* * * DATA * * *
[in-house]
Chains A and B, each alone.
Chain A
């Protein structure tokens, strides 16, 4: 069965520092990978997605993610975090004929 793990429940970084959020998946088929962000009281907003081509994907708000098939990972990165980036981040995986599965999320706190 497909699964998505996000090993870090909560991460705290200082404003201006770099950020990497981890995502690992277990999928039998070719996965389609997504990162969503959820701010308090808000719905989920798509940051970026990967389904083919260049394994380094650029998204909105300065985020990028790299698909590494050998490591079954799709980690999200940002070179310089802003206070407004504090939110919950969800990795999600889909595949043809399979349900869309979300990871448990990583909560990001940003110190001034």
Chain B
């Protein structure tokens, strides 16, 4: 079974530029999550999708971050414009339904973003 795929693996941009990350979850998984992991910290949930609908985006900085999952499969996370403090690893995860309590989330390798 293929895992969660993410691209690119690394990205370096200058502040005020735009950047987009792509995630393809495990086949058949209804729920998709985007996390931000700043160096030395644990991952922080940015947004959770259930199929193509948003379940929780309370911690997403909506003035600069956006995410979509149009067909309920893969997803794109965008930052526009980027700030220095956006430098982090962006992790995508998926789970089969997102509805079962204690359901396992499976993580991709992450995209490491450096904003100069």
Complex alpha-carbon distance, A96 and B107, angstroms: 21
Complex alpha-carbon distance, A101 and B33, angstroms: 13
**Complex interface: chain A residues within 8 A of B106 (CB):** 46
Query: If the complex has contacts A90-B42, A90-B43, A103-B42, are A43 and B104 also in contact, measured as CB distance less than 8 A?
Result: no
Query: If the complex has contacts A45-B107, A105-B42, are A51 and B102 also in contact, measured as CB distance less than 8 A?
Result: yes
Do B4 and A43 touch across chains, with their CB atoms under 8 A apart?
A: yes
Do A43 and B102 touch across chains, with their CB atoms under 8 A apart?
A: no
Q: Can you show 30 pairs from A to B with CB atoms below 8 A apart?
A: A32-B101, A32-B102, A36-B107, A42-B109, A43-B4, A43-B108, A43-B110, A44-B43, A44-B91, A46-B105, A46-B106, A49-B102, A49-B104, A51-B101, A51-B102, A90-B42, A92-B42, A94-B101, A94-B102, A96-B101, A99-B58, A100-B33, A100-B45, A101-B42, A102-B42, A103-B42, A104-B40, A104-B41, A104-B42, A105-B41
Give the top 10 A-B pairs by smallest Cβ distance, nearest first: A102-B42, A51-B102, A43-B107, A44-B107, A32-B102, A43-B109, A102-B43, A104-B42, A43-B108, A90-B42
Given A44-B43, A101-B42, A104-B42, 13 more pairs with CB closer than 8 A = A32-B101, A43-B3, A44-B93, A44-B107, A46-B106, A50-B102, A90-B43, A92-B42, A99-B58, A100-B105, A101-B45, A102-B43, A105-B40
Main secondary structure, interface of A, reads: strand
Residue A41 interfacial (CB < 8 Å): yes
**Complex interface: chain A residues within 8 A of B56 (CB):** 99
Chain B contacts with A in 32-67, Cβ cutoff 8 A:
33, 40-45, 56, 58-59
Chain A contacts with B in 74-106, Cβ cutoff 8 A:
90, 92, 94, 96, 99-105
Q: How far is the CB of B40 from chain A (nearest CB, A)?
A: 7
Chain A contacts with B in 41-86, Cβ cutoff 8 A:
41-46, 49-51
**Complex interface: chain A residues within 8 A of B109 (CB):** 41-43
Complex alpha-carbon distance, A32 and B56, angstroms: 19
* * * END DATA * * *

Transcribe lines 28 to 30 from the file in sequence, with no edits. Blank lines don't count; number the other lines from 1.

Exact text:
90, 92, 94, 96, 99-105
Q: How far is the CB of B40 from chain A (nearest CB, A)?
A: 7